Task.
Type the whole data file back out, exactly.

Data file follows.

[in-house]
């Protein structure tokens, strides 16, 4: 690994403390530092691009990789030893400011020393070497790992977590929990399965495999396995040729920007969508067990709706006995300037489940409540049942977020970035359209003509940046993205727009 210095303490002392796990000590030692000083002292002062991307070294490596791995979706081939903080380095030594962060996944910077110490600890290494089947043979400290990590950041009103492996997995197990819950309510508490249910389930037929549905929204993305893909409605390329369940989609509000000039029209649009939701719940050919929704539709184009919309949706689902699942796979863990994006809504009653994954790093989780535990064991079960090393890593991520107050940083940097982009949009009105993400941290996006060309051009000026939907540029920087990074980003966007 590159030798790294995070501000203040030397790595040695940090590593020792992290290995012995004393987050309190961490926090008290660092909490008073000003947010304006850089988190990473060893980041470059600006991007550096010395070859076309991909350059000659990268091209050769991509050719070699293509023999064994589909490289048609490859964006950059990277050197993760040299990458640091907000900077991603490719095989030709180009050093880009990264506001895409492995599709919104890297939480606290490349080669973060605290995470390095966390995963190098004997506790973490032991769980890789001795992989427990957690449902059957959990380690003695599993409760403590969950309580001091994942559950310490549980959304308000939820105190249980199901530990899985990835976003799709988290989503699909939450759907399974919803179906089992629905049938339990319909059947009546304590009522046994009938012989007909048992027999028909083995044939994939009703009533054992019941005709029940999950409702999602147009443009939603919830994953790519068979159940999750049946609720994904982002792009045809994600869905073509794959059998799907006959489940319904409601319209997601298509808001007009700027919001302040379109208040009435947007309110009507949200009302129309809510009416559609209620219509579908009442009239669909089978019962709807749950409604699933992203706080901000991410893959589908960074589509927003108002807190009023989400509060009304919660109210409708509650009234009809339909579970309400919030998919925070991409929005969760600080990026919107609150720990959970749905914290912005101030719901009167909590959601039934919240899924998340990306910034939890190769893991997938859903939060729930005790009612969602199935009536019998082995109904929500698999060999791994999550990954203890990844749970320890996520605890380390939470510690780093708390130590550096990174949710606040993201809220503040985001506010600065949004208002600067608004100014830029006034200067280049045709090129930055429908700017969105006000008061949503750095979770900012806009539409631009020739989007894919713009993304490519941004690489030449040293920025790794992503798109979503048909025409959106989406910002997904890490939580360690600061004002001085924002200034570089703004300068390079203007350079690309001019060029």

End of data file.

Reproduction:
[in-house]
């Protein structure tokens, strides 16, 4: 690994403390530092691009990789030893400011020393070497790992977590929990399965495999396995040729920007969508067990709706006995300037489940409540049942977020970035359209003509940046993205727009 210095303490002392796990000590030692000083002292002062991307070294490596791995979706081939903080380095030594962060996944910077110490600890290494089947043979400290990590950041009103492996997995197990819950309510508490249910389930037929549905929204993305893909409605390329369940989609509000000039029209649009939701719940050919929704539709184009919309949706689902699942796979863990994006809504009653994954790093989780535990064991079960090393890593991520107050940083940097982009949009009105993400941290996006060309051009000026939907540029920087990074980003966007 590159030798790294995070501000203040030397790595040695940090590593020792992290290995012995004393987050309190961490926090008290660092909490008073000003947010304006850089988190990473060893980041470059600006991007550096010395070859076309991909350059000659990268091209050769991509050719070699293509023999064994589909490289048609490859964006950059990277050197993760040299990458640091907000900077991603490719095989030709180009050093880009990264506001895409492995599709919104890297939480606290490349080669973060605290995470390095966390995963190098004997506790973490032991769980890789001795992989427990957690449902059957959990380690003695599993409760403590969950309580001091994942559950310490549980959304308000939820105190249980199901530990899985990835976003799709988290989503699909939450759907399974919803179906089992629905049938339990319909059947009546304590009522046994009938012989007909048992027999028909083995044939994939009703009533054992019941005709029940999950409702999602147009443009939603919830994953790519068979159940999750049946609720994904982002792009045809994600869905073509794959059998799907006959489940319904409601319209997601298509808001007009700027919001302040379109208040009435947007309110009507949200009302129309809510009416559609209620219509579908009442009239669909089978019962709807749950409604699933992203706080901000991410893959589908960074589509927003108002807190009023989400509060009304919660109210409708509650009234009809339909579970309400919030998919925070991409929005969760600080990026919107609150720990959970749905914290912005101030719901009167909590959601039934919240899924998340990306910034939890190769893991997938859903939060729930005790009612969602199935009536019998082995109904929500698999060999791994999550990954203890990844749970320890996520605890380390939470510690780093708390130590550096990174949710606040993201809220503040985001506010600065949004208002600067608004100014830029006034200067280049045709090129930055429908700017969105006000008061949503750095979770900012806009539409631009020739989007894919713009993304490519941004690489030449040293920025790794992503798109979503048909025409959106989406910002997904890490939580360690600061004002001085924002200034570089703004300068390079203007350079690309001019060029």